α2-Adrenergic modulation of the glutamate receptor and transporter function in a chronic ocular hypertension model.
Published on Oct 15, 2015in European Journal of Pharmacology4.432
· DOI :10.1016/J.EJPHAR.2015.08.035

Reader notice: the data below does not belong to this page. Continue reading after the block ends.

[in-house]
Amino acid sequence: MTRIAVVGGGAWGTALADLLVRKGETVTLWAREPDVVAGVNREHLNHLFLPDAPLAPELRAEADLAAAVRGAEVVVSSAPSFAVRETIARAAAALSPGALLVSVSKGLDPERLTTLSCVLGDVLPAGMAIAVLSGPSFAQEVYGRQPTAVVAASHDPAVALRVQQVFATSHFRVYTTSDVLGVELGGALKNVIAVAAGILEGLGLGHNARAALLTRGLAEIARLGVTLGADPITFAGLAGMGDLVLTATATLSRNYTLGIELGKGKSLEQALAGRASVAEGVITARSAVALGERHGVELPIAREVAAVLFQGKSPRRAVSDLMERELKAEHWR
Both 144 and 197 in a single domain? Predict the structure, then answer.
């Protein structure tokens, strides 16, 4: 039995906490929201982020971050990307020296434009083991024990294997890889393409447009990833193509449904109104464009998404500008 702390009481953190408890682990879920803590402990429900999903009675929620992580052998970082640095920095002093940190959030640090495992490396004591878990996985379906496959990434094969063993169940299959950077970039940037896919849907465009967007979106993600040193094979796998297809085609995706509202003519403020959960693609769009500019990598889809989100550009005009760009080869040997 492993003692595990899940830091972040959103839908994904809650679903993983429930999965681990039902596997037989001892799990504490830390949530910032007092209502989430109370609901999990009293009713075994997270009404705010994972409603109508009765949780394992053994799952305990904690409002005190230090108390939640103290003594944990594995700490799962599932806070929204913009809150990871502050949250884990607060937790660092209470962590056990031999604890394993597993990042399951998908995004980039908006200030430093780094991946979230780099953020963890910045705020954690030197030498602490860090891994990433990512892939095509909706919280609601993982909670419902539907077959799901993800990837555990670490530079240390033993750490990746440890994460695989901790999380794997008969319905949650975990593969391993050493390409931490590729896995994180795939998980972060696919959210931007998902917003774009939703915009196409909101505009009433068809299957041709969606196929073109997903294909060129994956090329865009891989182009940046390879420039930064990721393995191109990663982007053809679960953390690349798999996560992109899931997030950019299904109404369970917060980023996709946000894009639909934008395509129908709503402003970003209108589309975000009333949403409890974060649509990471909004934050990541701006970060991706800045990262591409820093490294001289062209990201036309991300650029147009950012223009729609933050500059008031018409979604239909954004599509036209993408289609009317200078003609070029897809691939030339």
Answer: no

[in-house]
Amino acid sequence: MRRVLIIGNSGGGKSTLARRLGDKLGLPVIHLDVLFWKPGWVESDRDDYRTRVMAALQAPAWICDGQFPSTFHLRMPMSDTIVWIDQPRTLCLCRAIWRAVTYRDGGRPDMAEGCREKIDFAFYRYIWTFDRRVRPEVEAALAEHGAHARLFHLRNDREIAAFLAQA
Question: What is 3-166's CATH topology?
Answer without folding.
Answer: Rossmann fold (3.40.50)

Excitotoxicity, glutamate-induced toxic effects to retinal ganglion cells (RGCs), is one of several mechanisms of RGC loss suggested in glaucoma. In this study, we focused on the role of glutamate transporter of glial cells as well as N-methyl-d-aspartate (NMDA) receptor with regard to glutamate toxicity in glaucoma. We also investigated whether α2-adrenoceptor activation could modulate glutamate transporters and NMDA receptors in a chronic ocular hypertension model. Brimonidine 0.15% was administered topically to the eyes of experimental glaucoma and control animals twice daily. After 8 weeks of intraocular pressure (IOP) elevation, staining with terminal deoxynucleotidyl transferase-mediated dUTP nick-end labeling (TUNEL) revealed an increase in the ganglion cell layer, and the number of TUNEL-positive cells was reduced by brimonidine treatment (P<0.05). Animals with experimentally induced glaucoma exhibited an increase in retinal stress marker glial fibrillary acidic protein (GFAP) immunoreactivity; brimonidine treatment reduced GFAP. Excitatory amino acid transporter 1(EAAT1) expression remained stable throughout the period of chronic ocular hypertension. α2-Adrenergic treatment upregulated EAAT1 protein levels (P<0.05). NMDA receptor (GluN1) expression was stimulated by chronic elevation of IOP, and GluN1-positive cells in ganglion cell layer were co-localized with TUNEL staining. Brimonidine administration suppressed GluN1 levels (P<0.05). These results indicate that brimonidine decreased RGC apoptosis, upregulating EAAT1 and downregulating NMDA receptors. We suggest that topical brimonidine treatment may decrease the glutamate excitotoxicity through modulation of glutamate transporter and NMDA receptor in glaucoma.